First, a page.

Collusive practices: Like the false bid, collusive practices are against the law. It is where someone attempts to influence another to abstain from bidding, limit their bids, or take any action that prevents a free and open competition. Interestingly enough, the person who is influenced, and thereby limits his or her bidding as a result of collusive practices is also guilty of an offence and subject to fines.
Proxy Bidding: When you have a representative wielding a letter of authority and bidding on your behalf, that is a proxy bid. Proxy bidding allows people to participate remotely and is often used by those who prefer to remove themselves from the frenetic, emotional showdown of the auction scene.
New Money: This term is used to identify a new bidder who’s joining the action after others have bid against each other.
Clearance rate: The percentage of properties sold over the course of the auction in relation to the total number presented.
Addendum: An addition to or alteration of previously published property information. This information should be available before the bidding begins at the auction and, if applicable, on the advertising website.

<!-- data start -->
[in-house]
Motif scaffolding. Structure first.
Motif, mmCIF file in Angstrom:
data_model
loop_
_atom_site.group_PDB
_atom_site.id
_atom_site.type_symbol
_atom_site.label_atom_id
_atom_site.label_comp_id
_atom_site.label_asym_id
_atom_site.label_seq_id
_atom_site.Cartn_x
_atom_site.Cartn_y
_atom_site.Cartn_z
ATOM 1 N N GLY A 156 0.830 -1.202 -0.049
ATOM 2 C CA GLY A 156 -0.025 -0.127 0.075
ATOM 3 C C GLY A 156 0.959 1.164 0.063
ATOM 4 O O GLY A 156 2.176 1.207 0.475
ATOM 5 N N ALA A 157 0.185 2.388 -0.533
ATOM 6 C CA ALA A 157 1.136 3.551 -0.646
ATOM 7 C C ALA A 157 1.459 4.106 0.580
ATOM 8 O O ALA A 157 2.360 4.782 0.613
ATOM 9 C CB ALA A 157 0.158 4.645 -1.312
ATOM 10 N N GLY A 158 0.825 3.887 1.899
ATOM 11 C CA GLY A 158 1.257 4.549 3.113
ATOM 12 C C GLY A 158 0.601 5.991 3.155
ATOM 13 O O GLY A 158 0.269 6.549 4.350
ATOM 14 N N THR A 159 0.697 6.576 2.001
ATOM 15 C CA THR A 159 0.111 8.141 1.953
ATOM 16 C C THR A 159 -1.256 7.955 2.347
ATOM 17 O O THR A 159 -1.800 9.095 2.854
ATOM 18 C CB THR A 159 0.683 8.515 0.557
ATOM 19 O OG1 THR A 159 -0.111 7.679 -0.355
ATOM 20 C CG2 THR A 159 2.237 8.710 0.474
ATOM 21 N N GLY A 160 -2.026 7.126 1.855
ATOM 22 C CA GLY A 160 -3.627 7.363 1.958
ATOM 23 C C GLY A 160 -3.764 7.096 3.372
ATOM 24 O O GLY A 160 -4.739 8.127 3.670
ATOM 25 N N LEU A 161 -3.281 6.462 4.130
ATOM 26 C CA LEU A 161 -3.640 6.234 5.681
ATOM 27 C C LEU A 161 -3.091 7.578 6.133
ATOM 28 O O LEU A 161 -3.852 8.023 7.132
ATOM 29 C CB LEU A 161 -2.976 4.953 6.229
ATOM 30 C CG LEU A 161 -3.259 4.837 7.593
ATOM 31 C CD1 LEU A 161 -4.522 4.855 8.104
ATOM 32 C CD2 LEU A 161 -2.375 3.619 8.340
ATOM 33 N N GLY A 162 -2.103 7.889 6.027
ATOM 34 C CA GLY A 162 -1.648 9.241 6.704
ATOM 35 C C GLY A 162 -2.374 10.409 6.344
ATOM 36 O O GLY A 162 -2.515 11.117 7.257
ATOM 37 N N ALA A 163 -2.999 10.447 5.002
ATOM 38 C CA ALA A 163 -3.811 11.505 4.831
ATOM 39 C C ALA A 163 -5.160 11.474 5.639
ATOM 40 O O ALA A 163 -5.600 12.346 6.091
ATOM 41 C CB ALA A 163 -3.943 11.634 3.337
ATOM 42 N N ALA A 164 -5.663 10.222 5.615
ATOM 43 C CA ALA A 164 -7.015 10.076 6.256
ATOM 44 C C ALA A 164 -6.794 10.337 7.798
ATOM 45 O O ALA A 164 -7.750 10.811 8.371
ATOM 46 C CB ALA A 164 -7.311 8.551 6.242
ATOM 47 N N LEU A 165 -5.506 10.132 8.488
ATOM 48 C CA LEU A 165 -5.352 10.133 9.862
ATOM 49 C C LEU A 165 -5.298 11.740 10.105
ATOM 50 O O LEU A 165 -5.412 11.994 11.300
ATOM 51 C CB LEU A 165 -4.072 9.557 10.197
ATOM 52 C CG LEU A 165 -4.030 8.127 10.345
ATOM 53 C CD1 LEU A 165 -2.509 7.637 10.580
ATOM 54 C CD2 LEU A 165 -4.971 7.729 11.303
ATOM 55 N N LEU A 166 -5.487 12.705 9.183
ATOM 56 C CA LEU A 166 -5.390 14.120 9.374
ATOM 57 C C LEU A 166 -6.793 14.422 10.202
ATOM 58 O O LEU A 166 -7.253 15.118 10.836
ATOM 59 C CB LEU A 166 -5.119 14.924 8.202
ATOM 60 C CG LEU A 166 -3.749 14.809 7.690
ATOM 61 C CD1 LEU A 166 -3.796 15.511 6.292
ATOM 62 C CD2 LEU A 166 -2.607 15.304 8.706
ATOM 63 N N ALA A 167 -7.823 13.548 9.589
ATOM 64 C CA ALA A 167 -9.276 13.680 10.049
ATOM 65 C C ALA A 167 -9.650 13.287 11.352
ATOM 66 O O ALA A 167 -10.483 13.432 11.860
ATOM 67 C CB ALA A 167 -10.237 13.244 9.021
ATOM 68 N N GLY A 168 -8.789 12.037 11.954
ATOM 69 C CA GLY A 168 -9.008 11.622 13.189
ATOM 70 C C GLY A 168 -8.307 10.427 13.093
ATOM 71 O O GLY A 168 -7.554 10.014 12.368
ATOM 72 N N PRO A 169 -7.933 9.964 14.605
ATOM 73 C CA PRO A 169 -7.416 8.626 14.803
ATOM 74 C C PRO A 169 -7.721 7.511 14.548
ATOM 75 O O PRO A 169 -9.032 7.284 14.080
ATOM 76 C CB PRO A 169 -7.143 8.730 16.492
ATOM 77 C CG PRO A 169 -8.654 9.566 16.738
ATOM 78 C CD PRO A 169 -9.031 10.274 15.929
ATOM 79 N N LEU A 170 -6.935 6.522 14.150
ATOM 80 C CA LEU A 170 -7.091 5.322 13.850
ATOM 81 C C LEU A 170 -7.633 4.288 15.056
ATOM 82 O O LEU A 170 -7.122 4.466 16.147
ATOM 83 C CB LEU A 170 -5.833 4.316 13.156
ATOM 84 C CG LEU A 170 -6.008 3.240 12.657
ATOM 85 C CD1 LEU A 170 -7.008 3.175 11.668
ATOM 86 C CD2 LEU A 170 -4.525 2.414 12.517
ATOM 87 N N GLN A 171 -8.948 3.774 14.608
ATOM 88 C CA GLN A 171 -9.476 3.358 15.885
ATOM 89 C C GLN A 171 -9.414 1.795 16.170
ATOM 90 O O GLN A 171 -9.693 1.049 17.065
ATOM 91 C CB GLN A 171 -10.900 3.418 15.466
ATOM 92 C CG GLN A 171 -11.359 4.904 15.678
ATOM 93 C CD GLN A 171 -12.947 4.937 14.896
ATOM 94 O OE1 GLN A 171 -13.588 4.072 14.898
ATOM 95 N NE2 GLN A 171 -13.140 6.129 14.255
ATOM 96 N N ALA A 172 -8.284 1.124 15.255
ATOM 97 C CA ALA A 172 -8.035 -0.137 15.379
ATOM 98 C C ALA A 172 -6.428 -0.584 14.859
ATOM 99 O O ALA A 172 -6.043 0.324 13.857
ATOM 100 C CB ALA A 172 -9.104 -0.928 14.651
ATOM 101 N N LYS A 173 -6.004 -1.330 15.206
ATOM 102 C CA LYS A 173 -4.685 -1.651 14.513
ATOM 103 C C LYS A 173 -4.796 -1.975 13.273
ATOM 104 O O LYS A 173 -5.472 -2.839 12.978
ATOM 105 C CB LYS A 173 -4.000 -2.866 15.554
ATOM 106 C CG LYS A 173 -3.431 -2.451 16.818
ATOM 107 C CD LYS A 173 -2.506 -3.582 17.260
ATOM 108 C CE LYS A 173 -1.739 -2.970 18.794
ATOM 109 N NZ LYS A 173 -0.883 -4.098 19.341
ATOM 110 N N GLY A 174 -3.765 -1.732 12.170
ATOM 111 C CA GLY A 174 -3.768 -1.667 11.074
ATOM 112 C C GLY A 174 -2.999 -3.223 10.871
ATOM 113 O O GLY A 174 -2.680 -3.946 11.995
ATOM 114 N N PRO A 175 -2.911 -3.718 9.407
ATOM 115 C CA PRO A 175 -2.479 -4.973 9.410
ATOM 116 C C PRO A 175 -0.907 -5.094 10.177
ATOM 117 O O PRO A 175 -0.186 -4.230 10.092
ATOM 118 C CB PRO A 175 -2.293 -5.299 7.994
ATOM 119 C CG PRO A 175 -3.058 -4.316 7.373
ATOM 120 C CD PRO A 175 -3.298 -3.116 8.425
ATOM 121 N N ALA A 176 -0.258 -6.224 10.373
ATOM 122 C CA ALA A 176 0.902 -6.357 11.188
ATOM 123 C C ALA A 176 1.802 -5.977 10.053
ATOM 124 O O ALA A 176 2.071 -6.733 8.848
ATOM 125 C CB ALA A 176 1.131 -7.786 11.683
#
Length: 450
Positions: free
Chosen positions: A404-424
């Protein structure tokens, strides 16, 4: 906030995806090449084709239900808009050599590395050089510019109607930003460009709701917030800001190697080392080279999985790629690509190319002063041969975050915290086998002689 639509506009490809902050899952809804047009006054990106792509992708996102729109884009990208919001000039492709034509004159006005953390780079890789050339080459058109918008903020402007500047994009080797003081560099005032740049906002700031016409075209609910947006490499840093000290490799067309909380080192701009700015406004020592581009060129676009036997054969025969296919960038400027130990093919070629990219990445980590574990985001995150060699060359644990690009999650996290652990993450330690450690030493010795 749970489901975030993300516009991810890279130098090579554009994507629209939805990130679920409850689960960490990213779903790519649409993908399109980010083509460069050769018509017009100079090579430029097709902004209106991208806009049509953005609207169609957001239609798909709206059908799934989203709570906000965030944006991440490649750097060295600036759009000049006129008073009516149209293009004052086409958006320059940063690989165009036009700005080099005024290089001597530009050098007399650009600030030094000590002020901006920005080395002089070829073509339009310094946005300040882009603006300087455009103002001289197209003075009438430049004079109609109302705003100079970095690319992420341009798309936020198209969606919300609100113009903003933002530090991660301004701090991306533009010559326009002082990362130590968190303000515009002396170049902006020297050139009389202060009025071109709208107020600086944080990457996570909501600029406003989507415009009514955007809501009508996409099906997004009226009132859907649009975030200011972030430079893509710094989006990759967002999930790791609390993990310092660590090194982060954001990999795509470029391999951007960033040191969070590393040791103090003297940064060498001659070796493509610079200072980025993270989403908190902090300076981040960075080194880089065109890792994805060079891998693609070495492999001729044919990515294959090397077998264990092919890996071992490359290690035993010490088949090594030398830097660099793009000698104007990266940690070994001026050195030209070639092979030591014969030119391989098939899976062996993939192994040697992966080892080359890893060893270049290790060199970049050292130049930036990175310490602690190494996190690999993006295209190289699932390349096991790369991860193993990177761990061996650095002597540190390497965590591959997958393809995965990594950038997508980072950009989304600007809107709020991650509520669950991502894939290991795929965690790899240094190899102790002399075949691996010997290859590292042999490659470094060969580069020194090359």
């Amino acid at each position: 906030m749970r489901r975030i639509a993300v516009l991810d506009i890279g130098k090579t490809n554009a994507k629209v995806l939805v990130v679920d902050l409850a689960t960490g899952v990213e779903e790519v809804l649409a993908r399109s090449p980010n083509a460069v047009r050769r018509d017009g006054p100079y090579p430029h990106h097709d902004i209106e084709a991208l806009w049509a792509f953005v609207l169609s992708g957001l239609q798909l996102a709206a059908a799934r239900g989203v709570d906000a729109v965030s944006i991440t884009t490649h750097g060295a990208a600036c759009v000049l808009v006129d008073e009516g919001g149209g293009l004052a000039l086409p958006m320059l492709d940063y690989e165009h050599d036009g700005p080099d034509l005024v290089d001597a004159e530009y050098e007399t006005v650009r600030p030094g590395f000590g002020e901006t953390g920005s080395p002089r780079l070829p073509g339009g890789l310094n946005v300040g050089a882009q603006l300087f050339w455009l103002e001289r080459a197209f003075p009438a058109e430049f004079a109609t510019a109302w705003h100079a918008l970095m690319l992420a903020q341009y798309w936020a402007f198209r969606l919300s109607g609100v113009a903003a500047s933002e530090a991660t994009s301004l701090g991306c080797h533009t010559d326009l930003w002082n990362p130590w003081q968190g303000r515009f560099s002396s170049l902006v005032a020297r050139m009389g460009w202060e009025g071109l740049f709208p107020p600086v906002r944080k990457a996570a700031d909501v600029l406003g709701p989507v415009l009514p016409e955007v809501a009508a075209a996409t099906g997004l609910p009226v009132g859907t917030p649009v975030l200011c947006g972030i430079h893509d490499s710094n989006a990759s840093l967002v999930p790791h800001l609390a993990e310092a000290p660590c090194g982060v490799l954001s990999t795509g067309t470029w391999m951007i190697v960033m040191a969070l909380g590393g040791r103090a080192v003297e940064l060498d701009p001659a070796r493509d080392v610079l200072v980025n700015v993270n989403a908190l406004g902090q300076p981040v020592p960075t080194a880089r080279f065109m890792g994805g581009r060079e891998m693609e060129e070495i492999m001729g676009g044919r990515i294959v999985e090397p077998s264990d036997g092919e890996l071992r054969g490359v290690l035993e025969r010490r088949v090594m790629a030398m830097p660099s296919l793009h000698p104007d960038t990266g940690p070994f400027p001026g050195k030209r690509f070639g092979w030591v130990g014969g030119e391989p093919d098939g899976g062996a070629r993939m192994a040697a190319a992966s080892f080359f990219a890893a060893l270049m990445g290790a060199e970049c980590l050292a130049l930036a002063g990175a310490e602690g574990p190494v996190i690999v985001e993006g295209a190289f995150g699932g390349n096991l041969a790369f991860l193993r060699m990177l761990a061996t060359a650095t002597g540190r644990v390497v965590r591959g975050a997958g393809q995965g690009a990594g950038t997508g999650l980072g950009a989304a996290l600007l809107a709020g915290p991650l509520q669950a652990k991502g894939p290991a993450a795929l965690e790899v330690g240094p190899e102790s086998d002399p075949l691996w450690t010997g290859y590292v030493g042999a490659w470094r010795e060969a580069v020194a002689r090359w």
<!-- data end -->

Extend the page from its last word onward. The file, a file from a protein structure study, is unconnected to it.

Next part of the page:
Buyer’s Guide or Auction Catalogue: They buyer’s guide contains the property description, conditions of sale, and details on how to view the property. You can get a buyer’s guide when you register to bid or directly from the agent before the auction.
Opening Price: Usually proposed by the auctioneer, the opening price is the starting point for bidding. If it is not well received, the auctioneer may, at his discretion, reduce it and start again, or call on the floor for a starting bid.
Tenanted Commercial Property: This is a term used to describe a property that is leased at the time of auction.
Ok, now that you’re armed with some basic terminology you’ll encounter at a commercial property auction, you should be able to hold your own on the auction floor - provided you’ve done your homework first. Check out our 5 Steps to Prepare for Auction Day to make sure you’re ready. If you’ve done the due diligence, then it’s time to get your finances ready - look for our post, The Pre-Approval Process for a closer look into this topic, or contact us directly.
The experts at Acumen Finance are standing by, ready to start the pre-approval for your commercial property investment loan. We are specialists in investment lending and commercial mortgages, able to provide you with pre-qualified credit letters to get you in on the action with confidence. With our combined expertise in financial modelling, commercial real estate mortgages, and project development financing we can connect you with the most competitive Tier 1, Tier 2, or Private Lending options available and get you ready to storm the auction floor like a pro.